To Camp or Not to Camp?

At time of writing we have lived through eight months of posing similar questions. Should we or shouldn’t we? If you’re like me, we approach each day with a risk/ benefit analysis of the day’s activities, because in this pandemic, the risk is very real. On the surface, camp may seem an expendable frill, an enrichment activity, wonderful and amazing, but not necessary for the healthy growth and development of our children. That may very well be true. So it may not be worth the risk. On the other hand, a child is only ever seven, or ten, or thirteen years old once. Each age of childhood has a unique window of development that is open for a short time to influences that may be transformational. That one moment may lead a child into a lifelong love of outdoor activity that will keep them healthy for a lifetime; that one moment may provide healthy relationships with peers or mentors that may serve as models for future lifelong relationships; that one moment may plant the seed of a deeper foundational knowing of God’s love and acceptance. These are not small moments in the trajectory of a child’s life, and the window may only be open for a brief time for that transformational influence. So it may be worth the risk.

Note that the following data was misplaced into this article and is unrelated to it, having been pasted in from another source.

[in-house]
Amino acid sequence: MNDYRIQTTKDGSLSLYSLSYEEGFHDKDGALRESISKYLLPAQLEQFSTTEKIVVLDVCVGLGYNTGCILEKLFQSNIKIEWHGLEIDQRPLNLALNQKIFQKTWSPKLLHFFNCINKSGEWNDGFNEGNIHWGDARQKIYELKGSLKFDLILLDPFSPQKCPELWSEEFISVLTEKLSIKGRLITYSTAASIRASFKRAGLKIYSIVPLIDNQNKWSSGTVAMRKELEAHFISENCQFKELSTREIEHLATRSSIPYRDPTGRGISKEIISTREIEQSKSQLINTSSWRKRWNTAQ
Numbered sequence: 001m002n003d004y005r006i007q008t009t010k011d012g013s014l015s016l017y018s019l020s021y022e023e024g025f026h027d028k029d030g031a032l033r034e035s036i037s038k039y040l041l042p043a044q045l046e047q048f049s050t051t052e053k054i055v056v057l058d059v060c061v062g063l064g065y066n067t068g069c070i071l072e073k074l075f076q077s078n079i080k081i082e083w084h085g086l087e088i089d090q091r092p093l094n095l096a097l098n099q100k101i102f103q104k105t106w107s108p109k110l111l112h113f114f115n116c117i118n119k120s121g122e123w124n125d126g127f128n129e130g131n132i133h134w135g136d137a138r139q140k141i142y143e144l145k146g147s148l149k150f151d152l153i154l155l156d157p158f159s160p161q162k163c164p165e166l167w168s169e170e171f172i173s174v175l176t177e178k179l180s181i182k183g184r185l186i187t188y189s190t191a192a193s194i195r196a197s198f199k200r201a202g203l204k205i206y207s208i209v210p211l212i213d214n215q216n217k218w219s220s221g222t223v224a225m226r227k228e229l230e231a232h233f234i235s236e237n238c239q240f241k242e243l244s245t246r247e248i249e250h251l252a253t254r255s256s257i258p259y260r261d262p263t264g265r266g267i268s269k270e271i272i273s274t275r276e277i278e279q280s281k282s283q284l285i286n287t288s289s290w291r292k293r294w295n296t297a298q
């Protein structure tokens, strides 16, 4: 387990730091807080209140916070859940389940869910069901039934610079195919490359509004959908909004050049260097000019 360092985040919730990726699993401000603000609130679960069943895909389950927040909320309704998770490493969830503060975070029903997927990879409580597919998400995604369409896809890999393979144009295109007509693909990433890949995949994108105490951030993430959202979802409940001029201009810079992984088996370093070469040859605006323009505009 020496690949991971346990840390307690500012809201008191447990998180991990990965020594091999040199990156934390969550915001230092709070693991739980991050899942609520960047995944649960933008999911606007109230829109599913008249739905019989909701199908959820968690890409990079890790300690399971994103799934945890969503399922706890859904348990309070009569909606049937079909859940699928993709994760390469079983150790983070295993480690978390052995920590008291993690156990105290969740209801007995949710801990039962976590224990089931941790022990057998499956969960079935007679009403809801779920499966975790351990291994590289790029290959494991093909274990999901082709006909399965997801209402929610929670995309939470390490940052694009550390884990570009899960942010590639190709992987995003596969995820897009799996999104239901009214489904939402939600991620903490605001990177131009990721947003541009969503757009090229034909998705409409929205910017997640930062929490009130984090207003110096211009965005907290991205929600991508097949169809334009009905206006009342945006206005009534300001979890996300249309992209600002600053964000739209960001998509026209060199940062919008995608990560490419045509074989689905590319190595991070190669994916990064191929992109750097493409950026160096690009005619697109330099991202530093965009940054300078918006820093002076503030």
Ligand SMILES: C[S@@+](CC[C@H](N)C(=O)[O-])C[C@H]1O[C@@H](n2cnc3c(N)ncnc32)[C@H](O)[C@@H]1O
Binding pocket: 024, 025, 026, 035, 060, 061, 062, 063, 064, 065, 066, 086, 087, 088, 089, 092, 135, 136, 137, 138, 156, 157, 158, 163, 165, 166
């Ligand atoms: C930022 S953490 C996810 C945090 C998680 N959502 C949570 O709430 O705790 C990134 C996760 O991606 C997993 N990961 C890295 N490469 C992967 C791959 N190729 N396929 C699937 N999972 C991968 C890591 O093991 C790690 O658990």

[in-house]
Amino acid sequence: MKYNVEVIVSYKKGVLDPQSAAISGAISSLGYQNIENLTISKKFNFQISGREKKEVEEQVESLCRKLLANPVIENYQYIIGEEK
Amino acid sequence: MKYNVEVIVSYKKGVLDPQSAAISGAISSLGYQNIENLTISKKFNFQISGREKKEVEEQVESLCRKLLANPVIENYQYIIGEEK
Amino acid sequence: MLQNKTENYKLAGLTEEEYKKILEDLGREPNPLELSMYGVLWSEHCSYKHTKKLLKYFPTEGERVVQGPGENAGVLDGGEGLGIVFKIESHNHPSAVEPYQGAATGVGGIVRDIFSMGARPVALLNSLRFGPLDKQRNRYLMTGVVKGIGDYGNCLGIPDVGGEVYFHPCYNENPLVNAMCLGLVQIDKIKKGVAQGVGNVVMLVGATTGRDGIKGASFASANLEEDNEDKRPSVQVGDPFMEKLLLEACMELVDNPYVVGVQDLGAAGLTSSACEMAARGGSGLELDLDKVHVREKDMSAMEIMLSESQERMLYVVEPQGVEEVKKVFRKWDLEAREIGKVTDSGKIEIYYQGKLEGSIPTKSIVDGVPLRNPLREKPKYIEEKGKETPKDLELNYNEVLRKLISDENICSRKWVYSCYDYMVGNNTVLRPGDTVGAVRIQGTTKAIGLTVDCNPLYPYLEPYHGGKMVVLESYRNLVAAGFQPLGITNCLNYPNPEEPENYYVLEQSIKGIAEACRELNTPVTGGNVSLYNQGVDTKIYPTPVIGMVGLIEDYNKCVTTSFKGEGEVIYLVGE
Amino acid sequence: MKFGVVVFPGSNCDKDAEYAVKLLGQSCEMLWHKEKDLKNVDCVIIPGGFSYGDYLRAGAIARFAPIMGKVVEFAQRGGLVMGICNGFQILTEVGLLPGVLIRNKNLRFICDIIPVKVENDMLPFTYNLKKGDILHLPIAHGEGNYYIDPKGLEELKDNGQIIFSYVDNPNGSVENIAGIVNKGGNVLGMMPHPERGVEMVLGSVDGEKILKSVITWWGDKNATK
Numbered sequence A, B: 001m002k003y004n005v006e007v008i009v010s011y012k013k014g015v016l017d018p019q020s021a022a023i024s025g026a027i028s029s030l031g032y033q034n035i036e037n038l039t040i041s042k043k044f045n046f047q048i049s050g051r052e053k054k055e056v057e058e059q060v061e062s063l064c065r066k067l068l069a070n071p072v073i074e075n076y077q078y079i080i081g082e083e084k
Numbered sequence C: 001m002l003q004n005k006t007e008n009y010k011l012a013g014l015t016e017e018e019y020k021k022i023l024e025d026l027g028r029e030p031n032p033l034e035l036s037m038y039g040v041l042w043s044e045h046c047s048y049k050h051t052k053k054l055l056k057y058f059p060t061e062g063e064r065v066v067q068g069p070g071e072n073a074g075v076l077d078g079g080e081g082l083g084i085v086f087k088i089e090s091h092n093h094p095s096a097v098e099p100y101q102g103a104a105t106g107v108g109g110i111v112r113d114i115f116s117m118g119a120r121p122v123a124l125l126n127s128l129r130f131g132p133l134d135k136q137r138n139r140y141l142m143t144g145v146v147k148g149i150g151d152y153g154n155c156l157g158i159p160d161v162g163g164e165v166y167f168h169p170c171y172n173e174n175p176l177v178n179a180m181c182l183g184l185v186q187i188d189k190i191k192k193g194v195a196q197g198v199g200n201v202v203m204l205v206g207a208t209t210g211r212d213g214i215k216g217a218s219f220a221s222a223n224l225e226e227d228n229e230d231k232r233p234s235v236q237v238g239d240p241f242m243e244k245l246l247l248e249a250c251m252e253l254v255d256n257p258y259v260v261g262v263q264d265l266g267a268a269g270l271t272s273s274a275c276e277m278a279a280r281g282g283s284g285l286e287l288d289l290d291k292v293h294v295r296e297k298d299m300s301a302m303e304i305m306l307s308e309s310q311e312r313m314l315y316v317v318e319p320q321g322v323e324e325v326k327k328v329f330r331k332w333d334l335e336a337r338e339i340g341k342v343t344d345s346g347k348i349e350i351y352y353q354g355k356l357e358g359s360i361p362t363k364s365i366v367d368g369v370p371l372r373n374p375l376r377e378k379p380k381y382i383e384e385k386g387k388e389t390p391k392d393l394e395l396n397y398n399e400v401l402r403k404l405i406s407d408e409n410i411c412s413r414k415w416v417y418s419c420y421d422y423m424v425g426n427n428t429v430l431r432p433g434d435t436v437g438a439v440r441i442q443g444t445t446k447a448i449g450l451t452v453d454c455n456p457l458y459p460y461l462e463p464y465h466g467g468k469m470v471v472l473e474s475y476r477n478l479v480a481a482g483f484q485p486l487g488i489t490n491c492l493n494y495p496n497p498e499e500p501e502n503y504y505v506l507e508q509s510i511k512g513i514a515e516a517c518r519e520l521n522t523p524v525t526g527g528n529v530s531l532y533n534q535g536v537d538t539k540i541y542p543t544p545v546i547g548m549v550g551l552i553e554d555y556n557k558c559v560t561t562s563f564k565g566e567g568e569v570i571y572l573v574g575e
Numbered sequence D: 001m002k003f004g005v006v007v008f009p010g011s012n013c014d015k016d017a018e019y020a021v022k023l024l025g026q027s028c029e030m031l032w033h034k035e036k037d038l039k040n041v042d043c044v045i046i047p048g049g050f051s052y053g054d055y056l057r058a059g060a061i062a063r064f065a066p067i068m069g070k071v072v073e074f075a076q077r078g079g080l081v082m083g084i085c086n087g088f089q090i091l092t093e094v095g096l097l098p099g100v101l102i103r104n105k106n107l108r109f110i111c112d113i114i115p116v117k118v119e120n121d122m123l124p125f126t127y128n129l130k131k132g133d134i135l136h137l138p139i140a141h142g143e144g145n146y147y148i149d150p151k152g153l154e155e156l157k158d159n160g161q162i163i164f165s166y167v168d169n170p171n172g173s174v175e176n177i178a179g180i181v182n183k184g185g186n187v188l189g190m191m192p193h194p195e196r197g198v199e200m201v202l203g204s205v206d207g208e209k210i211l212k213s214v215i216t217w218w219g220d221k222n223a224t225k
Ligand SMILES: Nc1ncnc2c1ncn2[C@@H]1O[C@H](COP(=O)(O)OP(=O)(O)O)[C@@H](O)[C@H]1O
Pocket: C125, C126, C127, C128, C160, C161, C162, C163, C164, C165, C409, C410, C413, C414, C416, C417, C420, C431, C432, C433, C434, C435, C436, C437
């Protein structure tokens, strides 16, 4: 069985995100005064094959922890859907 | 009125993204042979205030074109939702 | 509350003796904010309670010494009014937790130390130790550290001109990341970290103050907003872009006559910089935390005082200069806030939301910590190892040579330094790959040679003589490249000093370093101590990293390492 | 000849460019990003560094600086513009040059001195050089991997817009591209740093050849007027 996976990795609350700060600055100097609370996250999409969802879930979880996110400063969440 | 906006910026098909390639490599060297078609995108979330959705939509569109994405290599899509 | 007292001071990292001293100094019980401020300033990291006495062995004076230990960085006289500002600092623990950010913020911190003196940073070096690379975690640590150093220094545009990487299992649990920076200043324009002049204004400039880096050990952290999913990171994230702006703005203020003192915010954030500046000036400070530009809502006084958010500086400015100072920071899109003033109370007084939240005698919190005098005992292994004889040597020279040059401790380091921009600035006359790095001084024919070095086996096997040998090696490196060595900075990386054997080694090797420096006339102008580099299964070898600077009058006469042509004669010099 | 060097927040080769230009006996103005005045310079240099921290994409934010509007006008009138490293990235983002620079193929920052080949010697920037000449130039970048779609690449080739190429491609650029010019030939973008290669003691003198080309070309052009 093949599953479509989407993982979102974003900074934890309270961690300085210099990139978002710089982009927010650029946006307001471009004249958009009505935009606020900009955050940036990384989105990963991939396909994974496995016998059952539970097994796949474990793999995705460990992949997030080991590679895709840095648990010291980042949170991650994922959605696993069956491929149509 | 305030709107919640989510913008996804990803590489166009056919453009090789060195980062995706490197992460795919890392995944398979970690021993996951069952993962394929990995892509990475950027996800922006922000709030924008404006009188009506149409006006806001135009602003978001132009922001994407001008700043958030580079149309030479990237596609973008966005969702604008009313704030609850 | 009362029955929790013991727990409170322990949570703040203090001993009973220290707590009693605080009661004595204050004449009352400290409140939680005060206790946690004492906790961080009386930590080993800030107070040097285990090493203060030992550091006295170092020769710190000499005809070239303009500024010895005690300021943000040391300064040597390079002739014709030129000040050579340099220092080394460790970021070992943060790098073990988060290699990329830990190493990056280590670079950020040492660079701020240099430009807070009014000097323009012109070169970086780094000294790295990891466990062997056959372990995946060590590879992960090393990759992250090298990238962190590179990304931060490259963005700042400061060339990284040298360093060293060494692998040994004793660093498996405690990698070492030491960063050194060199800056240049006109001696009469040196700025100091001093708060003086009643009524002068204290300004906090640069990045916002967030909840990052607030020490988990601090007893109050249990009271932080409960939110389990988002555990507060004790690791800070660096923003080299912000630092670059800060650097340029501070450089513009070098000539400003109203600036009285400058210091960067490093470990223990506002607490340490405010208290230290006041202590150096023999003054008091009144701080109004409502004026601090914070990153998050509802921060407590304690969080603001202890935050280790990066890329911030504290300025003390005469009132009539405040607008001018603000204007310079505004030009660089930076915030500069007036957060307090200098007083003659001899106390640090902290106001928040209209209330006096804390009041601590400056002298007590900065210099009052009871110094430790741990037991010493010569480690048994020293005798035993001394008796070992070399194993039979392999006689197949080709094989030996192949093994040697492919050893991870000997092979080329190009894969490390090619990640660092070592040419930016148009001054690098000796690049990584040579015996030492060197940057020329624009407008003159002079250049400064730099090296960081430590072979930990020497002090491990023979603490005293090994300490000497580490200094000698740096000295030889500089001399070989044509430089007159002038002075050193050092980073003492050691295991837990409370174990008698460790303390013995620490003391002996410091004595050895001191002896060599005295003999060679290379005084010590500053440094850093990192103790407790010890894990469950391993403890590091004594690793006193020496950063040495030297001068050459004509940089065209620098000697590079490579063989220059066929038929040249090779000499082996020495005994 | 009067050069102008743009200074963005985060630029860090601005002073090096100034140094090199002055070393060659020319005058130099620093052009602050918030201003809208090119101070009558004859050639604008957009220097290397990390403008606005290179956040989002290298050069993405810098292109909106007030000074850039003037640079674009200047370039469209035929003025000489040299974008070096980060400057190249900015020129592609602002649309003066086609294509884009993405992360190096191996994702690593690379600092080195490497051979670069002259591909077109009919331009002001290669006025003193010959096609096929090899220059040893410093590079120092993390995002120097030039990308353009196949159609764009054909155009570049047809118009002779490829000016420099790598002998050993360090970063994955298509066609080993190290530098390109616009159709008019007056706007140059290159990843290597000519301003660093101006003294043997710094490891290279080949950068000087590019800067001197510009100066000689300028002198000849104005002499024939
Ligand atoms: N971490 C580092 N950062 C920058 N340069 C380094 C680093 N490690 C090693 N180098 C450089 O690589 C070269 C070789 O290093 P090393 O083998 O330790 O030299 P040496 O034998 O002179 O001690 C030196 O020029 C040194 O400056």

We struggled through the spring months, debating whether to proceed with camp, or put it on hold for a safer season. By the beginning of June, the decision was made. Let’s put all of our energy and resources into making camp as safe as possible, and reevaluate the decision on a weekly basis. State guidelines were closely followed. Protocols were written, space was expanded for safe eating and sleeping, hand-washing stations were erected, twice as many staff were hired and trained to serve the number of children we could accommodate. All of our protocols continued to be reviewed and revised as we lived them. A huge part of the safety of this summer’s camp season was due to the camper families and staff that were committed to arriving at camp with as little exposure to the virus as possible. That required changing behaviors, deferring activities, and making sacrifices.

Camp happened! It was wonderful and amazing, and we know of no COVID-19 illness that occurred as a result. We relied on the changeless recipe of God present in each other and in the richness of God’s creation that is Bethany Birches. And those transformational moments? When we let go, and let God shine through, we know that they happen.

~ Beth Ann Maier, retired pediatrician, Health and Safety coordinator, Bethany Birches

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